Guest Contributor | Mar 12, 2019 | 0
Direct debit for airline tickets demonstrated live in pilot transactions
A new digital direct client to supplier payment system for airline tickets with benefits for both passengers and airlines was successfully demonstrated in a live test environment in the United Kingdom.
On Tuesday this week, the International Air Transport Association (IATA) announced the successful completion of the first “IATA Pay” ticket purchase transaction conducted in partnership with ipagoo, a UK-based fintech company.
The association said IATA Pay is an industry-supported initiative to develop a new payment option for consumers when purchasing a ticket directly from an airline website. It is made possible by the European Commission’s second Payment Services Directive (PSD2), and the UK’s Open Banking regulation.
These regulations encourage use of so-called direct debit transactions in which payments are made from the customer’s bank account directly into the bank account of the merchant. This method offers an extremely high level of security to both user and recipient and can be instantaneous.
“IATA’s role is to develop an industry solution enabling airlines to make this payment option available on their websites. The live test conducted with ipagoo was done under the UK’s Open Banking framework with IATA Pay pilot airlines, including Cathay Pacific Airways, Scandinavian Airlines and Emirates,” according to the association which represents around 290 airlines comprising 82% of the world’s travel market.
For airlines, the advantages of IATA Pay are cheaper payment option compared to other alternatives, it is highly secure, and the transaction is immediate leading to a faster cashflow with instant or near-instant transfers.
The association said a simpler yet secure digital payment system on airline’s websites will result in fewer lost sales due to glitches and customer fatigue.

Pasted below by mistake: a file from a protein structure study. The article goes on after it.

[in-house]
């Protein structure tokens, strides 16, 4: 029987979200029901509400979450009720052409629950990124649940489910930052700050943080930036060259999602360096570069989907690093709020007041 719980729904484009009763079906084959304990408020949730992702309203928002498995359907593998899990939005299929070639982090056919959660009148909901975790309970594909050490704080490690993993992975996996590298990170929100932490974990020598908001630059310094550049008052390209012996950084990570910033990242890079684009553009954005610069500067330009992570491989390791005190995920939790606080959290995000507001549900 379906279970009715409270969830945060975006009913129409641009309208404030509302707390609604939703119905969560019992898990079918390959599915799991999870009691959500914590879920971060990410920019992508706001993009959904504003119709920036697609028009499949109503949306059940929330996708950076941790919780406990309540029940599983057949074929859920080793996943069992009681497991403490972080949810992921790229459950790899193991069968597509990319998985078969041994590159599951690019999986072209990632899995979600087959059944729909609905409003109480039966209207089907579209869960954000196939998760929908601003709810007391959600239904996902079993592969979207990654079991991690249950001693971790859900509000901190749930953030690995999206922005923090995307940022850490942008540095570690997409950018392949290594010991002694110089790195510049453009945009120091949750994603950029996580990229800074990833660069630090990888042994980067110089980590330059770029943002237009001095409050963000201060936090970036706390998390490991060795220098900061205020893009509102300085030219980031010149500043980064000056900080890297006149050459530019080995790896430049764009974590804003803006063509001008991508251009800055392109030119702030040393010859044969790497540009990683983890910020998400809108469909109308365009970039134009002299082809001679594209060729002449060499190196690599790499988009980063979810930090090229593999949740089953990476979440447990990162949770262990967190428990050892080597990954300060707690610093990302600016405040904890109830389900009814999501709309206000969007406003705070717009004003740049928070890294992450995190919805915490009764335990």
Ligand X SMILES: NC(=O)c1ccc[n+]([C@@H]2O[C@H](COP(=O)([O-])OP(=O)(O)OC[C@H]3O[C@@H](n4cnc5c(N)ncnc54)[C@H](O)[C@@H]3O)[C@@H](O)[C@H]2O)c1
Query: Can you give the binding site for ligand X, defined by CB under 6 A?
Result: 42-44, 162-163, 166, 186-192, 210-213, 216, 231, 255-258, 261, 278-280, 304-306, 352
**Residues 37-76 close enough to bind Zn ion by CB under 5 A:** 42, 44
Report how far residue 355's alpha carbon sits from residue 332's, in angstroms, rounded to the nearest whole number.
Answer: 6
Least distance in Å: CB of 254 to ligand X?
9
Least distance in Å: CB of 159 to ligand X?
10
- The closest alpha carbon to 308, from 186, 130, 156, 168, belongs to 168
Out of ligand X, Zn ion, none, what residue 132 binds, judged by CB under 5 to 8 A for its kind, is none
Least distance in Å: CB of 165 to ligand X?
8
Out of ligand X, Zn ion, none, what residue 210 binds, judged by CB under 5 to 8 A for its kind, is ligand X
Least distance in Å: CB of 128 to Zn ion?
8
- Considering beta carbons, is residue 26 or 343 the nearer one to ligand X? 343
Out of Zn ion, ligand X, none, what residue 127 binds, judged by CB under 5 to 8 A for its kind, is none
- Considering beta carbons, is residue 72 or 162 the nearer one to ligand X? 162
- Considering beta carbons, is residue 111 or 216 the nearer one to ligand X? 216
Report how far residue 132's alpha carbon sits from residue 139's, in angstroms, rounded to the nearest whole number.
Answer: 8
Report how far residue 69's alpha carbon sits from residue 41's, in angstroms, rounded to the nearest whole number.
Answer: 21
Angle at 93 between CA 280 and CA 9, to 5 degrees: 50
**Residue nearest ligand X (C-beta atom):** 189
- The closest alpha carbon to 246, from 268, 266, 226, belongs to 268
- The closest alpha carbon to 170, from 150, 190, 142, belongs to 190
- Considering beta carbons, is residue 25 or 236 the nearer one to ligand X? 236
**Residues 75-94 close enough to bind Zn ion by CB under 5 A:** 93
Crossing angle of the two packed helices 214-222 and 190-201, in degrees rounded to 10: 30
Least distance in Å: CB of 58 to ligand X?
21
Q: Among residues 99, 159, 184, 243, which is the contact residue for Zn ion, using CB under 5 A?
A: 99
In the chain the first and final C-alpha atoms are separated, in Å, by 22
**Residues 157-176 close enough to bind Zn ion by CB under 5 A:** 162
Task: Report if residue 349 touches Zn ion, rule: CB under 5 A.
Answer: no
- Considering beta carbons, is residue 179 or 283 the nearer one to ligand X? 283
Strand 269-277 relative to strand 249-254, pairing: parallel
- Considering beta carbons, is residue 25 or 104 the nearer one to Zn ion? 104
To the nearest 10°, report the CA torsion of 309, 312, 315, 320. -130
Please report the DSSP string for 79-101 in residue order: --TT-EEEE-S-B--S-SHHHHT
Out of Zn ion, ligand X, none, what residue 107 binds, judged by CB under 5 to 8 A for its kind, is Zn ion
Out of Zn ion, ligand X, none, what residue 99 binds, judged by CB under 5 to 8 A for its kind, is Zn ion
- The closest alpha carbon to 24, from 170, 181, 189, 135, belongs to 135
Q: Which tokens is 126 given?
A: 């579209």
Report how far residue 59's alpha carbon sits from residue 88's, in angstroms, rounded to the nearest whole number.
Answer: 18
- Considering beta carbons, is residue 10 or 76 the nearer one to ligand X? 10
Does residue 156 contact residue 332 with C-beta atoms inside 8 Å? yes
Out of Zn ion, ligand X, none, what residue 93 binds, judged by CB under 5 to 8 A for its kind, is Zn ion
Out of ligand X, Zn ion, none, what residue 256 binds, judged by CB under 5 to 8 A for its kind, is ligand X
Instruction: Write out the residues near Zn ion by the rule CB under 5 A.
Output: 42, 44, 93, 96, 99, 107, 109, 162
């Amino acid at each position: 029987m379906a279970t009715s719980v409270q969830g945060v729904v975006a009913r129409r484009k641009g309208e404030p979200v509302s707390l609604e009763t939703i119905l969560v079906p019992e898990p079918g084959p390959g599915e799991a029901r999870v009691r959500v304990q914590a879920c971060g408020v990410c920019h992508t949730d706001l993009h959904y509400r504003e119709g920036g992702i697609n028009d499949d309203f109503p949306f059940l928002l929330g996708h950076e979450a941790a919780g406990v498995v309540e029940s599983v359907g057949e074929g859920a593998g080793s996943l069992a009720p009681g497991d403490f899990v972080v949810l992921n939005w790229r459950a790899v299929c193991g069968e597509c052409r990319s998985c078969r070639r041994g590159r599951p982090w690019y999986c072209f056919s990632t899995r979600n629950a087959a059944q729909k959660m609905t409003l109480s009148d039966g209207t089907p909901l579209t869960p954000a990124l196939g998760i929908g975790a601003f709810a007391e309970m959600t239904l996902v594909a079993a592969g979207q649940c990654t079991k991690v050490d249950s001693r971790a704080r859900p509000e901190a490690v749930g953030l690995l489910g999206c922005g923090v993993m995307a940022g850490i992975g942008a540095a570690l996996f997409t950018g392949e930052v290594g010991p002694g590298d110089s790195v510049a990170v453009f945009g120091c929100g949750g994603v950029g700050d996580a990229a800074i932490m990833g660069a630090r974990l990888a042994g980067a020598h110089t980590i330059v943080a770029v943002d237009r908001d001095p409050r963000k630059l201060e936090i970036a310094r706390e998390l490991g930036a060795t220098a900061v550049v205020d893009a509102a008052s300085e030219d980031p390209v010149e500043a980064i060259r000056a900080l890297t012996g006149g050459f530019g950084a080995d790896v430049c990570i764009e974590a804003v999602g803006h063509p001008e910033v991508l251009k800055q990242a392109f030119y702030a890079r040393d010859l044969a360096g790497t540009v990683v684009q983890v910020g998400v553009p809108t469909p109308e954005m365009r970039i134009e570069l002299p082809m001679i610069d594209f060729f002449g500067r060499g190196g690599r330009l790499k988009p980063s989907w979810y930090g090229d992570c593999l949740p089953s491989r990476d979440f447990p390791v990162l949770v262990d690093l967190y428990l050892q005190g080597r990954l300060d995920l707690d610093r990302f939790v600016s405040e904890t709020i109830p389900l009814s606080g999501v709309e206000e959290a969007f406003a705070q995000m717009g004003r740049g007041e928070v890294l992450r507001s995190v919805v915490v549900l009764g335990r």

Passengers also benefit from the new payment system in having access to a new, simpler, highly secure, immediate purchase platform.
“Today’s consumers, and especially millennials, have expectations of multiple payment options including mobile and peer-to-peer. IATA Pay responds to these expectations. At the same time, airlines are trying to manage significant card payment costs — US$8 billion per year and rising. A large part of this cost is incurred in direct purchases from airline websites. One of IATA’s strategic objectives is to support airlines’ financial sustainability including controlling costs,” said Aleksander Popovich, IATA’s Senior Vice President of Financial and Distribution Services.
Carlos Sanchez, the Chief Executive of ipagoo said: “We are delighted to have completed the first Open Banking live transaction for the airline industry, helping IATA and its member airlines to achieve their goals of operational and financial efficiency. ipagoo’s technology provides a secure, multi-country banking service for IATA.”
IATA is also working with Deutsche Bank on a prototype for Europe starting with the German market. The first test runs will be done early this year. Once the concept has been validated, it will be expanded to other regions.